The Chartered Institute of Ergonomics & Human Factors has a list of certified courses (CIEHF). Exact entrance criteria should be confirmed with course providers. Any student interested in ergonomics can join the CIEHF as a student member, no matter what degree they are working on. This is useful for networking, activities, and help. Several jobs require membership in the CIEHF and/or the British Psychological Society (BPS). The CIEHF certifies a variety of short courses that provide an overview of Ergonomics and human factors.
Must have skills:
Some of the skills that you will have to posses or acquire in order to become a Ergonomist include:
- An interest in and understanding of people’s behaviour in various situations
- Excellent interpersonal, oral, and written communication skills.
- The ability to work well collaboratively as part of a team as well as independently.
- Strong listening and observation skills.
- The ability to build, influence, and develop relationships with internal and external stakeholders.
- The ability to understand technical concepts and clearly communicate them to others.
- A practical and common-sense approach to work.
- Analytical reasoning.
- A systematic approach to studying people in their work environment and producing research.
- Project management skills.
- Organisation, planning, and time management skills.
- A creative approach to problem solving.
- Negotiation skills.
- A good level of numeracy.
Relevant experience is advantageous, and most companies prefer individuals with some industry experience. You can use your degree projects to specialise and generate prospects for vacation work. Sandwich degree programmes allow students to get a year of experience and establish a network of contacts. You may learn more about the field by speaking with professional Ergonomists. Email the CIEHF for more information about interacting with experts in the pitch and seeing if you can shadow someone for the day.
Ergonomists who have made a name for themselves in the consulting or manufacturing industries sometimes prefer to form their own businesses, where they hire workers, market their services, and keep company records.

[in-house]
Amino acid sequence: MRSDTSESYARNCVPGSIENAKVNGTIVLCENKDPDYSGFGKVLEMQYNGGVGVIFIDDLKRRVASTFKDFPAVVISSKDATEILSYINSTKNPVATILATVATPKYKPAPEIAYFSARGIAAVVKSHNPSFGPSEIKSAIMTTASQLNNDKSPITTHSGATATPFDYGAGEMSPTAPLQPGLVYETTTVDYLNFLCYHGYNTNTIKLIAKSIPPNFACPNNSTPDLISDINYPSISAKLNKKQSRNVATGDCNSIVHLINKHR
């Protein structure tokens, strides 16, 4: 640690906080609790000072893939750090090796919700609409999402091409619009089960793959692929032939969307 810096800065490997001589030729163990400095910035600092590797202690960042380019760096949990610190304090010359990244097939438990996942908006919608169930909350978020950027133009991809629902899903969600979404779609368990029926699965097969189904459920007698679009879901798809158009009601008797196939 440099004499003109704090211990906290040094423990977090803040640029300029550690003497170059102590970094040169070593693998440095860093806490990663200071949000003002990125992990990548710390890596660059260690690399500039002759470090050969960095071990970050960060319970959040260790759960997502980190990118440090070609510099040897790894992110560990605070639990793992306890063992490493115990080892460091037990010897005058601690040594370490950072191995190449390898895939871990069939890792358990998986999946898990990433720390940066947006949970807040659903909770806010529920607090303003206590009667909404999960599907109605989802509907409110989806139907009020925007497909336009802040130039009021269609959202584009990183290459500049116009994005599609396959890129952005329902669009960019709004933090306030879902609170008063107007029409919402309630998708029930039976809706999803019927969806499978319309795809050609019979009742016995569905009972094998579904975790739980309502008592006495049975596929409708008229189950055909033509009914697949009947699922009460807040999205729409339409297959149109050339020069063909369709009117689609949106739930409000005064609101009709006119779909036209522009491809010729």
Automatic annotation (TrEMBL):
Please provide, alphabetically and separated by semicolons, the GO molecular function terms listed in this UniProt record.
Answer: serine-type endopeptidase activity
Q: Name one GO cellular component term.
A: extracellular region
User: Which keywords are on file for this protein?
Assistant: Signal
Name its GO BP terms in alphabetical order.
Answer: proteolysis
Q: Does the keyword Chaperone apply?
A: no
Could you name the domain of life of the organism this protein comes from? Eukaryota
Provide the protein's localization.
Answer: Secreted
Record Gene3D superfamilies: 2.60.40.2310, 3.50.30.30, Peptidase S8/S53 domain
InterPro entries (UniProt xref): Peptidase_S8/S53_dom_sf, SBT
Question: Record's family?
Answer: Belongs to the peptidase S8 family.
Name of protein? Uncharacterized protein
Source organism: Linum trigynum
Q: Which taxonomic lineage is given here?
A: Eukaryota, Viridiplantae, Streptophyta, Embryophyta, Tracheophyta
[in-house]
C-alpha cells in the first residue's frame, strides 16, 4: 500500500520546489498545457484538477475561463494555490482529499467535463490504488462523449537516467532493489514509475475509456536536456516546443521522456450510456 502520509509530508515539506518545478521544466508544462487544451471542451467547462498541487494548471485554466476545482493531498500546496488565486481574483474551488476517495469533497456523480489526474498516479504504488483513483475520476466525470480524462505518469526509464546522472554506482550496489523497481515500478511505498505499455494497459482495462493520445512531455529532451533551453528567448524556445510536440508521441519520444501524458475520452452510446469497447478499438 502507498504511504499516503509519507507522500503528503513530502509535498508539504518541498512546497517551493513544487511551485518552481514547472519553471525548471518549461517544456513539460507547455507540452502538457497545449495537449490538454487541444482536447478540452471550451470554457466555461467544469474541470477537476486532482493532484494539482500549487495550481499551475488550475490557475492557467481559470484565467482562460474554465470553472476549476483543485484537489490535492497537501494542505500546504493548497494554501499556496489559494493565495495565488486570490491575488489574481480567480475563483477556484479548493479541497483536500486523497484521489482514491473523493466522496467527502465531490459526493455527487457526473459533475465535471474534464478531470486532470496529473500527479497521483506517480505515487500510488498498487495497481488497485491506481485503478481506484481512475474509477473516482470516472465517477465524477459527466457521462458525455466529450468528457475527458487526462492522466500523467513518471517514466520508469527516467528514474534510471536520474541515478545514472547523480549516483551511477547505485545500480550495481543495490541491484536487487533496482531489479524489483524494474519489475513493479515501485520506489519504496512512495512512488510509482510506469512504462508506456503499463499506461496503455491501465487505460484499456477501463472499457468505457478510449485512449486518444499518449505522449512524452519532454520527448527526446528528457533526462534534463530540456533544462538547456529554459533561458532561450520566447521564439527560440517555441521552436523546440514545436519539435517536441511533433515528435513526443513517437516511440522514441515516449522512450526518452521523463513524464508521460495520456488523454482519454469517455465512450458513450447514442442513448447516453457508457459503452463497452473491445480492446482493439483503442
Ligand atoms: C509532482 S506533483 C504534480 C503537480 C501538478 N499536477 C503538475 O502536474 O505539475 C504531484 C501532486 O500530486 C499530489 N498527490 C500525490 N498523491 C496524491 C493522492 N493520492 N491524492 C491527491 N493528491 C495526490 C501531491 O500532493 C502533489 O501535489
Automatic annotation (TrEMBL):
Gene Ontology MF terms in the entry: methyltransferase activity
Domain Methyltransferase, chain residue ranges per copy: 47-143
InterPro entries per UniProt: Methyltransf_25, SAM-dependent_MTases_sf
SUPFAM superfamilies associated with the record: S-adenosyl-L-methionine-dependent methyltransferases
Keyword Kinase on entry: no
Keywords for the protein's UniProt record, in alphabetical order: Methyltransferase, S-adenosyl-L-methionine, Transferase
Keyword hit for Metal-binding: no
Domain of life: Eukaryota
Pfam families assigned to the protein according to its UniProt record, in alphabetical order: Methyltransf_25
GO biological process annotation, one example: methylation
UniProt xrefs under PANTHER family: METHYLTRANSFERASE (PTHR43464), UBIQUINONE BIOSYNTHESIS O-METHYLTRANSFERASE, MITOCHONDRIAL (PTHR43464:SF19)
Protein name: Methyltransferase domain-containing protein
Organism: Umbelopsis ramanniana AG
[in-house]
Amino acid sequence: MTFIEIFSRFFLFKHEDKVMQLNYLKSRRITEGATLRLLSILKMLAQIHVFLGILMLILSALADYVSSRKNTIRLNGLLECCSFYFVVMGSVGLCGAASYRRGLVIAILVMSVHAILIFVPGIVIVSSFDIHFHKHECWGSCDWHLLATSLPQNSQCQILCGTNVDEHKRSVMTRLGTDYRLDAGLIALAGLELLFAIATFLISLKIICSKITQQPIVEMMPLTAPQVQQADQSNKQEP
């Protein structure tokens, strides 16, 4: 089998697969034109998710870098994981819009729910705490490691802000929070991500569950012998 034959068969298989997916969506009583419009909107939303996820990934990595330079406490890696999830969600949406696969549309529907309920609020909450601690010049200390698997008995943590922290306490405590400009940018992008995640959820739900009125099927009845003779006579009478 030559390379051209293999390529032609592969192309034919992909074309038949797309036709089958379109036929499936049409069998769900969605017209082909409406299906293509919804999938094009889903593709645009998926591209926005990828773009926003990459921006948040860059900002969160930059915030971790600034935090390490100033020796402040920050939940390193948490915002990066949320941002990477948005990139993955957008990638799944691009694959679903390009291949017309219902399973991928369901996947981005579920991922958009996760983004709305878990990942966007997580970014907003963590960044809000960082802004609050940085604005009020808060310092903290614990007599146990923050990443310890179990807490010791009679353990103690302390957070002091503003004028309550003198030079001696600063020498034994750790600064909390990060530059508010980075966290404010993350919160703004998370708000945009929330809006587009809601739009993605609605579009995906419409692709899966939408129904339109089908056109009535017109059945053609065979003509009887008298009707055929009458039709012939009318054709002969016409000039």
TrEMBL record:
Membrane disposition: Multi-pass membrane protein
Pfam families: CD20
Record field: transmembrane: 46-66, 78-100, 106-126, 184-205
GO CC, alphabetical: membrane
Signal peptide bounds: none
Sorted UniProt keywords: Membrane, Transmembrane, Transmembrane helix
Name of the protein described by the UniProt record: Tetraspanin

Employees are frequently trained in occupational health and safety by freelance Ergonomists. They may advise business owners to invest in new items and give ways to purchase them, such as manufacturer names or mail-order catalogues.
Ergonomists usually move up in their careers by joining a bigger company with better benefits or by becoming managers of Ergonomics groups. Some Ergonomists start their own consulting businesses.
As their skills are used in a growing number of industries and companies try to make products that are easy for people to use, their job prospects are expected to grow faster than the average for all jobs. Ergonomists will be needed by computer firms and other organisations that employ automated technologies to create a pleasant, safe, and productive work environment.
The University of West Scotland’s one year full time programme will equip you with the executive training you need to kick-start your career in Ergonomics and provide you with a solid base for a career. This program is available at UWS’ London Campus, which is located in the heart of London’s economic district. Some other related courses that you should consider when looking for a career in Ergonomics include:
- Sports science
- Health sciences
- Human physiology
- Physiotherapy industrial or product design
- Occupational therapy
- Operations management